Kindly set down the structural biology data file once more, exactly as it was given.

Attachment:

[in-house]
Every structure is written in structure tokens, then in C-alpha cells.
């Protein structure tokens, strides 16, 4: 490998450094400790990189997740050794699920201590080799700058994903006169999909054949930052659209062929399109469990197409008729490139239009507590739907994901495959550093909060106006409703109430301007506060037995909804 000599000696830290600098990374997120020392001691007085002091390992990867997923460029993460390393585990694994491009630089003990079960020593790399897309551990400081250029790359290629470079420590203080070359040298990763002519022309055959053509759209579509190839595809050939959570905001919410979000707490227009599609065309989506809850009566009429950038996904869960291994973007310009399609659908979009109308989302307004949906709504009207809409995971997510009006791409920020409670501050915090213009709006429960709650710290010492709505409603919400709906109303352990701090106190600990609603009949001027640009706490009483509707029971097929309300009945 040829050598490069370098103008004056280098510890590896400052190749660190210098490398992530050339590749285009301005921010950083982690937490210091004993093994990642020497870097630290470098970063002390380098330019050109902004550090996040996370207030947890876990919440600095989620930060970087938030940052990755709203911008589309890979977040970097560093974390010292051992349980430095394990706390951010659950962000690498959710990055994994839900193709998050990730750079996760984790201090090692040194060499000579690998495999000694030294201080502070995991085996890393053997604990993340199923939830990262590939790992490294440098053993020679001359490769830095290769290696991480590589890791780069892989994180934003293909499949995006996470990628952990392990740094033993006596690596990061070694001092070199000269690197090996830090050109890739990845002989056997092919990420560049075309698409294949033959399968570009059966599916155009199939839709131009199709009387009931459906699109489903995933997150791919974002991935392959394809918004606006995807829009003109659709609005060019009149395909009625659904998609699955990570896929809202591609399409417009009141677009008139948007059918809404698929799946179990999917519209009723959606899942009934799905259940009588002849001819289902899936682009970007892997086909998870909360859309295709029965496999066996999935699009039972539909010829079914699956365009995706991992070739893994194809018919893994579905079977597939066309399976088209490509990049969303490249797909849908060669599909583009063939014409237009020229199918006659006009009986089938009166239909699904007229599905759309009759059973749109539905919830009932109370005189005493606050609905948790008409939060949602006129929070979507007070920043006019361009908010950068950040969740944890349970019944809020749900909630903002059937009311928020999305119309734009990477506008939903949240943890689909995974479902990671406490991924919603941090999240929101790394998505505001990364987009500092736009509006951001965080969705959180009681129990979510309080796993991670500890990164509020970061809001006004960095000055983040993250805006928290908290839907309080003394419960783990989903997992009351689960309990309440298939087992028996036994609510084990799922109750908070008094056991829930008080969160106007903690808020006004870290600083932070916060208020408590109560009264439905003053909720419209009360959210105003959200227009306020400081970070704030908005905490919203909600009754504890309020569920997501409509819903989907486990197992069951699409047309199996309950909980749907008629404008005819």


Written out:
[in-house]
Every structure is written in structure tokens, then in C-alpha cells.
């Protein structure tokens, strides 16, 4: 490998450094400790990189997740050794699920201590080799700058994903006169999909054949930052659209062929399109469990197409008729490139239009507590739907994901495959550093909060106006409703109430301007506060037995909804 000599000696830290600098990374997120020392001691007085002091390992990867997923460029993460390393585990694994491009630089003990079960020593790399897309551990400081250029790359290629470079420590203080070359040298990763002519022309055959053509759209579509190839595809050939959570905001919410979000707490227009599609065309989506809850009566009429950038996904869960291994973007310009399609659908979009109308989302307004949906709504009207809409995971997510009006791409920020409670501050915090213009709006429960709650710290010492709505409603919400709906109303352990701090106190600990609603009949001027640009706490009483509707029971097929309300009945 040829050598490069370098103008004056280098510890590896400052190749660190210098490398992530050339590749285009301005921010950083982690937490210091004993093994990642020497870097630290470098970063002390380098330019050109902004550090996040996370207030947890876990919440600095989620930060970087938030940052990755709203911008589309890979977040970097560093974390010292051992349980430095394990706390951010659950962000690498959710990055994994839900193709998050990730750079996760984790201090090692040194060499000579690998495999000694030294201080502070995991085996890393053997604990993340199923939830990262590939790992490294440098053993020679001359490769830095290769290696991480590589890791780069892989994180934003293909499949995006996470990628952990392990740094033993006596690596990061070694001092070199000269690197090996830090050109890739990845002989056997092919990420560049075309698409294949033959399968570009059966599916155009199939839709131009199709009387009931459906699109489903995933997150791919974002991935392959394809918004606006995807829009003109659709609005060019009149395909009625659904998609699955990570896929809202591609399409417009009141677009008139948007059918809404698929799946179990999917519209009723959606899942009934799905259940009588002849001819289902899936682009970007892997086909998870909360859309295709029965496999066996999935699009039972539909010829079914699956365009995706991992070739893994194809018919893994579905079977597939066309399976088209490509990049969303490249797909849908060669599909583009063939014409237009020229199918006659006009009986089938009166239909699904007229599905759309009759059973749109539905919830009932109370005189005493606050609905948790008409939060949602006129929070979507007070920043006019361009908010950068950040969740944890349970019944809020749900909630903002059937009311928020999305119309734009990477506008939903949240943890689909995974479902990671406490991924919603941090999240929101790394998505505001990364987009500092736009509006951001965080969705959180009681129990979510309080796993991670500890990164509020970061809001006004960095000055983040993250805006928290908290839907309080003394419960783990989903997992009351689960309990309440298939087992028996036994609510084990799922109750908070008094056991829930008080969160106007903690808020006004870290600083932070916060208020408590109560009264439905003053909720419209009360959210105003959200227009306020400081970070704030908005905490919203909600009754504890309020569920997501409509819903989907486990197992069951699409047309199996309950909980749907008629404008005819």